2023 Market Recap

Hello everyone!
We wanted to share this recap and review what happened in the markets in 2023.

You might recall at the beginning of the year, there was a lot of uncertainty and negativity coming out of a terrible 2022 in the markets. Remember in 2022, both stocks and bonds declined, which is really unusual. Having a year where both stocks and bonds are down doesn’t happen very often. 2022 was also the first year in history that bonds (represented by the Barclays Aggregate Index) were down for two years straight. Many wondered if 2023 would be the third year in a row.

The beginning of 2023 started with a lot of negative outlook, uncertainty, and angst. People were still worried about inflation and the potential for an economic crash or recession. There were also events at the beginning of the year and into the spring that added to this discomfort, such as the US debt level nearing the max limit. People were concerned over Congress’s ability to pass legislation to raise the limit and avoid the US Government defaulting on its debt. And prior to that, there was also the failure of several US banks, starting with Silicon Valley Bank, which had an impact on the banking industry.

In the first half of the year, there was a lot of negative news. At one point, the stock market was down 10% for the year. It was a rough summer too but then by the end of the year, it rebounded and closed out the year with a nice rally. 

In December, the Feds indicated they were finished with raising interest rates and may even cut interest rates again in 2024. This helped fuel a big surge at the end of the year which resulted in the end of year returns:
SP500 (US Large Stocks): +26%
US Small Company Stocks: +17% 
US Bonds: +6%
International stocks: +16%

Most investors have a diversified portfolio balancing different types of investments. A portfolio of 60% in US stocks and 40% in US Bonds, the return would have been around 18% last year.
So now, let’s look at the outlook for 2024.

Of course, we can never predict anything. Anything can happen. However, one thing that gives us some confidence is that the Feds have indicated they are finished raising interest rates for now. In fact, they may even cut interest again. So let’s talk about how that might impact some things.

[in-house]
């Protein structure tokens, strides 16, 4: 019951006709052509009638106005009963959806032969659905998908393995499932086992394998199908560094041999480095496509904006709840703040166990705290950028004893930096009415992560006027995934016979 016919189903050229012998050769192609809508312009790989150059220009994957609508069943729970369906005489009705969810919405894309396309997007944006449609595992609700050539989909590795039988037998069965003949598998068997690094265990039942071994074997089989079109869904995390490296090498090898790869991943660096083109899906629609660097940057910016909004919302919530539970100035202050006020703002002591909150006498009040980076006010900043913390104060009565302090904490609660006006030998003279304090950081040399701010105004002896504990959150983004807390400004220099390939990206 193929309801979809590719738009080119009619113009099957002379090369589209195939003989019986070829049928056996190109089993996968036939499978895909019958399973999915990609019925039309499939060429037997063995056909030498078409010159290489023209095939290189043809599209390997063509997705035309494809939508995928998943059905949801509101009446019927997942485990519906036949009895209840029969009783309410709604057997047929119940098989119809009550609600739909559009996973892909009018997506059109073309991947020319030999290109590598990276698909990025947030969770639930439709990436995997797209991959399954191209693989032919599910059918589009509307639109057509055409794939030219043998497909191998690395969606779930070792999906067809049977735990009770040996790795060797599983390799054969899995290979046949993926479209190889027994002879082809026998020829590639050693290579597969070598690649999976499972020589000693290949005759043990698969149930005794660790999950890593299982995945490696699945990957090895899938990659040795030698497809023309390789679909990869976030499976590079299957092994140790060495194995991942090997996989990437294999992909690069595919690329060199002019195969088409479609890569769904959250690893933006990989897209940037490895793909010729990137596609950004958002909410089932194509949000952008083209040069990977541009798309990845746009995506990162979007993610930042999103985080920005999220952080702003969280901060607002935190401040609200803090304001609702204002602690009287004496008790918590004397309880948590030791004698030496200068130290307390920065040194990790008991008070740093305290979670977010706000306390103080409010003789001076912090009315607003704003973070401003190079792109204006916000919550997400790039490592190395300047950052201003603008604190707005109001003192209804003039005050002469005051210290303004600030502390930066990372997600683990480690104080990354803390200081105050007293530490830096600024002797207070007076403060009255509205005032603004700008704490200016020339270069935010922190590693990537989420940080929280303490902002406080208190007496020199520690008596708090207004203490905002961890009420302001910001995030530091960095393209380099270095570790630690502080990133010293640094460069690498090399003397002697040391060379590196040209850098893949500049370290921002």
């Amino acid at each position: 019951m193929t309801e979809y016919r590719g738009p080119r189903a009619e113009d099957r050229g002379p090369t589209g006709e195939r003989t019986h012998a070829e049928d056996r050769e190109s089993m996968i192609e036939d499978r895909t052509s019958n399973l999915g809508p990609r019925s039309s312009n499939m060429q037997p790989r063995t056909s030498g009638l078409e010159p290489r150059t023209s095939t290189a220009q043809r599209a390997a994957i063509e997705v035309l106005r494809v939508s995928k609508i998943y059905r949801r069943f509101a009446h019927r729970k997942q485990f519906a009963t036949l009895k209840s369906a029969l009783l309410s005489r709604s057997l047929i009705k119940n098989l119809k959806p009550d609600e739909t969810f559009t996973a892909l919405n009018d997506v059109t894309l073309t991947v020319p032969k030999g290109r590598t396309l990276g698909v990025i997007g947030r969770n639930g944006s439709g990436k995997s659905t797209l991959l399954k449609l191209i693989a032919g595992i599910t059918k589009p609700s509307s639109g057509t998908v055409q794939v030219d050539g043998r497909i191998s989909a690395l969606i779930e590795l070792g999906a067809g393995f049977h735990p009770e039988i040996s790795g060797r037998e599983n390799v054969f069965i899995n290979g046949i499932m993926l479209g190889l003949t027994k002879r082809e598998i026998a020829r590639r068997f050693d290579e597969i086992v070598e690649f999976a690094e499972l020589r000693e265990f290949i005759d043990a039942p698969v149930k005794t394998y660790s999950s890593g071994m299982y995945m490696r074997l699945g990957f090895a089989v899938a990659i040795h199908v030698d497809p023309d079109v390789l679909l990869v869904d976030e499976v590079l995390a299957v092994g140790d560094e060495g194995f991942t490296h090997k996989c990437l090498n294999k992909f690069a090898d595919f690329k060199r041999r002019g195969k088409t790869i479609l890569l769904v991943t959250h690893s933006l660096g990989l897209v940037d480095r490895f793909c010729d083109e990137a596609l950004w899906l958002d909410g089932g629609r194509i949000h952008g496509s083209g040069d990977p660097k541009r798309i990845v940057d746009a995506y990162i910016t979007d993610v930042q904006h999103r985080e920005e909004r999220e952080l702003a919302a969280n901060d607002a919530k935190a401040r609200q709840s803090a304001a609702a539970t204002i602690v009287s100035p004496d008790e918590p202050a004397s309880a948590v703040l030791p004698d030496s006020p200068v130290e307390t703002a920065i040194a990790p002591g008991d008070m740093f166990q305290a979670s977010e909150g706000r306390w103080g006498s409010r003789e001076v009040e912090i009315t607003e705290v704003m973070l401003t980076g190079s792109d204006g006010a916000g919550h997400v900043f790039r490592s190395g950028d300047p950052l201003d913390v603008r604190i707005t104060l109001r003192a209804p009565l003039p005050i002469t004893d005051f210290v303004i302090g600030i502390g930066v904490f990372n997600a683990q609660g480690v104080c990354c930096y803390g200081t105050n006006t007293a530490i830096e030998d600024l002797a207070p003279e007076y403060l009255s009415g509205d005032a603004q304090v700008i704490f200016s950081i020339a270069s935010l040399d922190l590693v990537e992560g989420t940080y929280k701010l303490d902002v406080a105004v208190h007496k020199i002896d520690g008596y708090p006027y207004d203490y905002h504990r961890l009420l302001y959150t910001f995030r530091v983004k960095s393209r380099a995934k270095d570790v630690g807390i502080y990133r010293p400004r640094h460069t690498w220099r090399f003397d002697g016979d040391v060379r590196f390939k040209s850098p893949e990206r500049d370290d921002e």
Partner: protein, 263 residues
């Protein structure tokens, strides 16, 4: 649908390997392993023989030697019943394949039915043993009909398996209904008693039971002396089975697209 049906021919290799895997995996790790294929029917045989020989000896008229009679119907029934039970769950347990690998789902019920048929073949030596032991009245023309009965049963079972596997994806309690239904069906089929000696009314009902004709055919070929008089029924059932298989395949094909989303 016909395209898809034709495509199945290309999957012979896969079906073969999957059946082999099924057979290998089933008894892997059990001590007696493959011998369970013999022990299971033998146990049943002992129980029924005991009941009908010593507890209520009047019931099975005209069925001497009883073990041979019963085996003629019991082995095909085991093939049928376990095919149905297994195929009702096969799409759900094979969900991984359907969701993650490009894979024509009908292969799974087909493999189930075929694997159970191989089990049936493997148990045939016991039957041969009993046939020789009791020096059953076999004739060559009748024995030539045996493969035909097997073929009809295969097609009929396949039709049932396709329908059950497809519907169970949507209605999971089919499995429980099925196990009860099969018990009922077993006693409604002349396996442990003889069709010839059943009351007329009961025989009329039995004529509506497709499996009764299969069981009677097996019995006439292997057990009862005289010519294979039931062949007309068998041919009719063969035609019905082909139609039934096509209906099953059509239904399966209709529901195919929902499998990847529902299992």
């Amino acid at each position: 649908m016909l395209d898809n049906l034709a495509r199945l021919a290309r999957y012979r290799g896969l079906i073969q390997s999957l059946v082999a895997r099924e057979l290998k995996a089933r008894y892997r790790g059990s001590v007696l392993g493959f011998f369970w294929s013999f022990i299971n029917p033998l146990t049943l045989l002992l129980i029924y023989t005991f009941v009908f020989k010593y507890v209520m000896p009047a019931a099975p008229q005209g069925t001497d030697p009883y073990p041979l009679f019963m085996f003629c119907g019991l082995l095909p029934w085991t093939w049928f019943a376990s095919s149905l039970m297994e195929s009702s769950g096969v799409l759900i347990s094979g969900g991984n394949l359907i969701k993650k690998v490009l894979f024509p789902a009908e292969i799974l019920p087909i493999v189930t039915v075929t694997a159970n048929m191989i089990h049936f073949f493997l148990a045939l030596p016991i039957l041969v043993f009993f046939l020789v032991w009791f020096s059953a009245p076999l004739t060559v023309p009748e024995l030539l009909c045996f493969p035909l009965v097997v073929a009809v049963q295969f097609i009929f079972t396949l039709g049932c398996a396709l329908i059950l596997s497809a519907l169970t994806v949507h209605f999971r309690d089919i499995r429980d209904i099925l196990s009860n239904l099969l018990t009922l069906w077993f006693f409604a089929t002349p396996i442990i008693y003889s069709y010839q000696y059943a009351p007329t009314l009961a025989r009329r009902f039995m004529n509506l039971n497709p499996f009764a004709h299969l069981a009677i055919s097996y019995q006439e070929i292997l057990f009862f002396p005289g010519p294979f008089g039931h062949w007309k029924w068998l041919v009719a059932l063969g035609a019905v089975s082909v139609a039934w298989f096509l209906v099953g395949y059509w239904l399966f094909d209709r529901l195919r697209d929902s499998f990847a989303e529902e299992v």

First, when interest rates are cut or fall, that is good for the value of bonds. When interest rates go up, bond values go down. That’s exactly what happened the prior two years and even in the beginning of 2023. But when interest rates go down, the opposite happens. Bond values typically rise. So a reduction in interest rates are good for bond values.

For stocks, cutting interest rates is usually also good news for companies. It makes it cheaper for them to borrow and invest back into their company, so that is usually good for stocks. Going back to 1965, whenever the interest rate is cut for the first time, the SP500 has rallied about 15% on average after the first rate cut. 

One area where the impact can be negative is with cash. Right now, cash yields have become very attractive. A regular bank savings account can yield over 4% now after years of paltry interest rates of less than 1%. So 4% looks great now by comparison. And money market funds can yield over 5%. So it’s very tempting to want to move more money to cash. However, when interest rates get cut again, cash stands to fall- and fast. And when that happens, if an investor decides interest rates are too low and they want to move back to stocks and bonds, by that time the prices will likely have already risen, meaning they will have missed out on that opportunity. So if your objective remains long-term, we recommend sticking with your asset allocation plan and resist the temptation to be lured in by cash right now. 

Also, the 10-year treasury rate is still below the rate of inflation. Which means even though returns on cash are more attractive than they were before, inflation is still higher and they aren’t keeping up.

For the economy as a whole, we are still looking for a potential “soft landing”, moderate inflation, and solid growth, which would still leave more room for stocks continue to grow.
Of course, we are always aware anything can happen. Expect the unexpected. We continue to monitor what is going on in the markets and economy and will continue to keep you informed as needed.
We also know it’s an election year which always makes things interesting! Be on the lookout for another vlog from us within the next few weeks on that topic. But for now, we wish you all a prosperous 2024!

Adrianna Environmental B&W

Adrianna Rocha

Client Relations Specialist

240-379-6929 V
240-439-6889 VP
512-379-6909 FAX
adrianna@kramerwealth.com

Adrianna Rocha joined Kramer Wealth Managers in 2021.

Adrianna is responsible for client experiences and service. As part of the customer service team, she strives to help and provide top-notch service to our clients. As part of her role, she communicates with clients through videophone, schedules client meetings, prepares and processes forms, and gathers information for our advisors.

Adrianna Rocha graduated with a Bachelor of Arts in Communication Studies from Gallaudet University in 2017. Before she joined our team, she worked in the customer service industry for nearly a decade. She excels in human-to-human relations and takes pride in not only her own accomplishments, but her clients’ as well. Adrianna enjoys chatting about her slight obsession with dogs, houseplants, essential oils, and food: especially Mexican food! She is also a proud fur-mama to her beautiful Aussie-mixed pup, Ziva.

Adrianna is not registered with Osaic Wealth.